Love After Love ( #Tribeca2017 )

Director: Russell Harbaugh

Writer: Russell Harbaugh, Eric Mendelsohn

Stars: James Adomian, Andie MacDowell, Juliet Rylance, Francesca Faridany, Dree Hemmingway, Gareth Williams

This movie had its world premier at the 2017 Tribeca Film Festival with Russell Harbaugh and Andie MacDowell on hand, among others, for a post-screening Q&A. Love after Love is Russell Harbaugh’s directorial début and, in comments before the screening, he notes his intention for the movie to have an emotional effect on you. Overall, he was pretty successful with an unusual style that does a great job of mimicking the relentless passage of time and showing how messy people have to become to heal after loss.

Suzanne (Andie MacDowell) and Nicholas (Chris O’ Dowd) open the film quietly while exploring the nature of happiness. This pause at the beginning of the movie sets the scene for the frenetic pace of storytelling that is about to unfold. We soon see the patriarch of the family and writer of some note, Glen (Gareth Williams), at a well-attended family dinner.  His speech seems off and he notes that his throat doesn’t hurt, though it sounds bad. We are quickly whisked to a bedside scene where the same family members attend Glen, who is obviously dying of an unspecified neuromuscular disorder.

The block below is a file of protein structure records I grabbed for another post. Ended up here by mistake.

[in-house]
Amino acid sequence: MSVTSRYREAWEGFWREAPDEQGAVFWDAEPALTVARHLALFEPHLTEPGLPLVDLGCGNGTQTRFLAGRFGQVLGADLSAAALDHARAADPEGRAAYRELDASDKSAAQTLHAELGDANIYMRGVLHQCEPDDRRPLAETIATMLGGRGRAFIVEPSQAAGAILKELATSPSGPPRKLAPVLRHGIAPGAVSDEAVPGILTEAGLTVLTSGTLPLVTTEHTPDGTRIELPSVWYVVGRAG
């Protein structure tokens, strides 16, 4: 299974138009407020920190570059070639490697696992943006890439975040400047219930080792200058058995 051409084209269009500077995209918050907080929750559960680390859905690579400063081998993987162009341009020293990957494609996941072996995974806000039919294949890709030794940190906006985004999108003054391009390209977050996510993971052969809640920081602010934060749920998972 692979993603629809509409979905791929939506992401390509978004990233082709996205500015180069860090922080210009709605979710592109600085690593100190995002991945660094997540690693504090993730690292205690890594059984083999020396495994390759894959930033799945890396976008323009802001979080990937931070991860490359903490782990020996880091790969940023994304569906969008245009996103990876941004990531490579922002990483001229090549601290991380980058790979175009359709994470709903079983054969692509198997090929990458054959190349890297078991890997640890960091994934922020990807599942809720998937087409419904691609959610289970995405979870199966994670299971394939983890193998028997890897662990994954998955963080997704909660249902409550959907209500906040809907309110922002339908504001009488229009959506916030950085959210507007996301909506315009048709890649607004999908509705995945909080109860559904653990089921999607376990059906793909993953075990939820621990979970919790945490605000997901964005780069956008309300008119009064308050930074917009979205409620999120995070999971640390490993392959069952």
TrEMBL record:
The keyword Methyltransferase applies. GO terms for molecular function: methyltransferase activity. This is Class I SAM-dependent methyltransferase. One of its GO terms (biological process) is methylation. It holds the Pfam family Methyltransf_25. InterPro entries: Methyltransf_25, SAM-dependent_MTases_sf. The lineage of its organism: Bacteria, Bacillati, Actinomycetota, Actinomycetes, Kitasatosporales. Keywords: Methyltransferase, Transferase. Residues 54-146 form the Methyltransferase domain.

Harbaugh makes a brave entry into the world of film direction with a movie that does not rely on classic storytelling or exposition.  A lot of faith is put in the audience to follow the story through various scenes of differing emotional clarity. Sometimes it is just a look from Suzanne that reflects her thoughts on the conduct of her son. At other times, you are thrown headlong into a scene of consequence only hinted at before.

The center of the success of this movie depended on MacDowell’s ability to suggest nuance and show a woman who is fumbling to find her existence after the loss of her husband. Nicholas has an equal focus in the movie as we see his poor choices play out in his relationships and work life.  Both carry out the task at hand and Harbaugh deserves a lot of credit for such an ambitious first feature.

At the time of this writing, this movie does not have a buyer, though gauging the films strength, one should be imminent.


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